Briefing Detail Page
Putting the Brakes on Health Care Costs:
Would the Candidates’ Plans Work? Are There Better Solutions?
Tuesday, June 03, 2008
Polls show that health care is the #2 domestic issue facing the next president and Congress. But drilling down, it’s clear that for many consumers, business leaders and government decision-makers, this means: “Reduce my health care costs first, then let’s talk about covering the uninsured.”
For instance, when asked which one of four health issues they most wanted presidential candidates to talk about, four out of 10 respondents in an April poll chose “Reducing the cost of health care and health insurance.” Ranking second was expanding health coverage, ahead of improving the quality of care and reducing spending on government programs such as Medicare and Medicaid (Kaiser Health Tracking Poll: Election 2008, Issue 7).
All three presidential candidates are taking this sort of news to heart. All have offered proposals for reining in health costs.
But would their plans actually slow the rise in health care costs, or the cost of health coverage? Are there even better solutions that the candidates aren’t talking about? The Alliance for Health Reform and the Robert Wood Johnson Foundation sponsored a June 3 briefing for reporters to address these and related questions.
Three well-known health economists assessed how well the cost containment provisions offered by Sens. McCain, Clinton and Obama would work. Speakers also presented alternatives that they judge to be more effective at constraining costs.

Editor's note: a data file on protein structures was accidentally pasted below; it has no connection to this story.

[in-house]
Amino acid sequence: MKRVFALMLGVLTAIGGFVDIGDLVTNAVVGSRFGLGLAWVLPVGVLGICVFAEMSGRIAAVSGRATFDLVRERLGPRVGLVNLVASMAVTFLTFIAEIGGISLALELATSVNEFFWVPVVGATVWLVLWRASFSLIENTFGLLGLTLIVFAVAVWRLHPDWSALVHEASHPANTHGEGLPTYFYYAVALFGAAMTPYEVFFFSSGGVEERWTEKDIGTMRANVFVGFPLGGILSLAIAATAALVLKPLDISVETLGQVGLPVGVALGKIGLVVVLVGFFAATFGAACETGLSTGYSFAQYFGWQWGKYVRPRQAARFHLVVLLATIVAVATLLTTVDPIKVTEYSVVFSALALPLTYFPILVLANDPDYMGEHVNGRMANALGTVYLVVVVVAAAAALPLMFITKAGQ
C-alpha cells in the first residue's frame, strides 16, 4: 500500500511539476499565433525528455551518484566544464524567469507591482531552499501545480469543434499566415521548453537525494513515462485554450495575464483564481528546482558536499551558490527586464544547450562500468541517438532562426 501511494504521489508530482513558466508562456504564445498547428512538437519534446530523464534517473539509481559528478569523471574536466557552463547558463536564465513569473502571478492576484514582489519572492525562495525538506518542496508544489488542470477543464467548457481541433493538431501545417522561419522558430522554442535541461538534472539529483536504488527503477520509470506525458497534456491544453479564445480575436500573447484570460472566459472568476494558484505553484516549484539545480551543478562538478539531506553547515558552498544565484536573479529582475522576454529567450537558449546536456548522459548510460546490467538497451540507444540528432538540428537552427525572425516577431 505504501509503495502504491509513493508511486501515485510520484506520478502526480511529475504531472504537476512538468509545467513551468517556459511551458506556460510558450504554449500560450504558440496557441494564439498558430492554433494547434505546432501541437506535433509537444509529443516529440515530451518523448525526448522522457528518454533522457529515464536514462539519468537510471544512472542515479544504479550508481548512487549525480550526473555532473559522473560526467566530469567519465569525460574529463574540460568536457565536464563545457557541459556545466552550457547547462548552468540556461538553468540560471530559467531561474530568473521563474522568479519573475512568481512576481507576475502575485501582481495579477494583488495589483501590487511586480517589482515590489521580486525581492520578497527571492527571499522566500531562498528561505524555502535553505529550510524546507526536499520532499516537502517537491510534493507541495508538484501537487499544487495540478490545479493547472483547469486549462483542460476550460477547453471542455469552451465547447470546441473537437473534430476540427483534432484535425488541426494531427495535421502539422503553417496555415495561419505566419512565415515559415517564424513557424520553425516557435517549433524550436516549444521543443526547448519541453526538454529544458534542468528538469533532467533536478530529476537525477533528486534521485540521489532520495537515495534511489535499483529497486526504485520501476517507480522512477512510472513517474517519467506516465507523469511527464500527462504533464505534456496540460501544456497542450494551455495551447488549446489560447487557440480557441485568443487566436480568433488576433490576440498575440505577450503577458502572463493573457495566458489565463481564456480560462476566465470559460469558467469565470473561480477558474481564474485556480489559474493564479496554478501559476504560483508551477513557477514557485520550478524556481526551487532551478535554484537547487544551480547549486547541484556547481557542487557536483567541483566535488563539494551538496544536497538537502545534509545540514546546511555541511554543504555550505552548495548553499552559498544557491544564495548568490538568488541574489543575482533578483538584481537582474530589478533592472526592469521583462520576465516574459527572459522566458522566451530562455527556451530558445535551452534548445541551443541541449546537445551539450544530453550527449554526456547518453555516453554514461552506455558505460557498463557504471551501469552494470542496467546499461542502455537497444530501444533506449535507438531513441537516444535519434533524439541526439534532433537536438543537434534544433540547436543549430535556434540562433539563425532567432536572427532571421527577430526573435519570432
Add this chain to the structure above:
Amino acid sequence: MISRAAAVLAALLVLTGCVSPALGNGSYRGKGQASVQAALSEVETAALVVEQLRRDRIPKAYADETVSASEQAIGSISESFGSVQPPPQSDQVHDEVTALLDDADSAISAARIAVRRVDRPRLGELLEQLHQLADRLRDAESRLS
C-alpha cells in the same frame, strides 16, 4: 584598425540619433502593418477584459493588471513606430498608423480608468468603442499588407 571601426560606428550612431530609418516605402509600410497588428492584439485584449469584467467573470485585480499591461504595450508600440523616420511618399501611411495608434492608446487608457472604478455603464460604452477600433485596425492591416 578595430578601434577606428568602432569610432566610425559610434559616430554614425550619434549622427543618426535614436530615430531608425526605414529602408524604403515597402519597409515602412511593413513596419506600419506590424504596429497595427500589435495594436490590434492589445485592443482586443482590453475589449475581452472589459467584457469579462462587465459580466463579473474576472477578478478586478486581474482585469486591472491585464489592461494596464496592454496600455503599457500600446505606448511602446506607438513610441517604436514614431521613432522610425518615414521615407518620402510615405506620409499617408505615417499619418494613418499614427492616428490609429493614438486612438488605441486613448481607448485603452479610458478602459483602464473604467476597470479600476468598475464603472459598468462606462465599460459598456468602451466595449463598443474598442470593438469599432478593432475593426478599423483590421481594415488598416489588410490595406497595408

Panelists were Paul Ginsburg of the Center for Studying Health System Change, Uwe Reinhardt of Princeton University and Mark McClellan of the Brookings Institution. Ed Howard of the Alliance moderated.
Ed Howard, Alliance for Health Reform, Moderator
Paul Ginsburg, Center for Studying Health System Change, Speaker
Mark McClellan, The Brookings Institution, Speaker
Uwe Reinhardt, Princeton University, Speaker
|Transcript, Event Summary and/or Webcast and Podcast|
Transcript: Putting the Brakes on Health Care Costs: Would the Candidates' Plans Work? (Adobe Acrobat PDF), 6/3/2008
Event Summary: Putting the Brakes on Health Care Costs: Would the Candidates' Plans Work? (Word Document), 6/3/2008
Full Webcast/Podcast: Putting the Brakes on Health Care Costs: Would the Candidates' Plans Work?
|The transcript, full webcast and podcast for this briefing, as well as videos of individual speakers' presentations, are provided by Kaiser Family Foundation.
Two Distinct Approaches to Health Reform (Ed Howard) (PowerPoint), 6/3/2008
(If you want to download one or more slides from these presentations, contact us at info@allhealth or click here for instructions.)
Hillary Clinton's Healthcare Costs Agenda (Adobe Acrobat PDF), Hillary Clinton for President Campaign Website, 3/1/2008
John McCain's Straight Talk on Health Care Reform (Adobe Acrobat PDF), John McCain for President Campaign Website, 3/1/2008
Barack Obama's Plan for a Healthy America (Excerpted) (Adobe Acrobat PDF), Barack Obama for President Campaign Website, 3/1/2008
Analyses of the Candidates' Plans (Adobe Acrobat PDF), Bob Laszewski's Health Care Policy and Marketplace Review, 3/7/2008
Materials List (Adobe Acrobat PDF), Alliance for Health Reform, 5/30/2008
“Candidates’ Health-Care Ideas May Not Offer Immediate Cure” (Adobe Acrobat PDF), The Wall Street Journal, 4/28/2008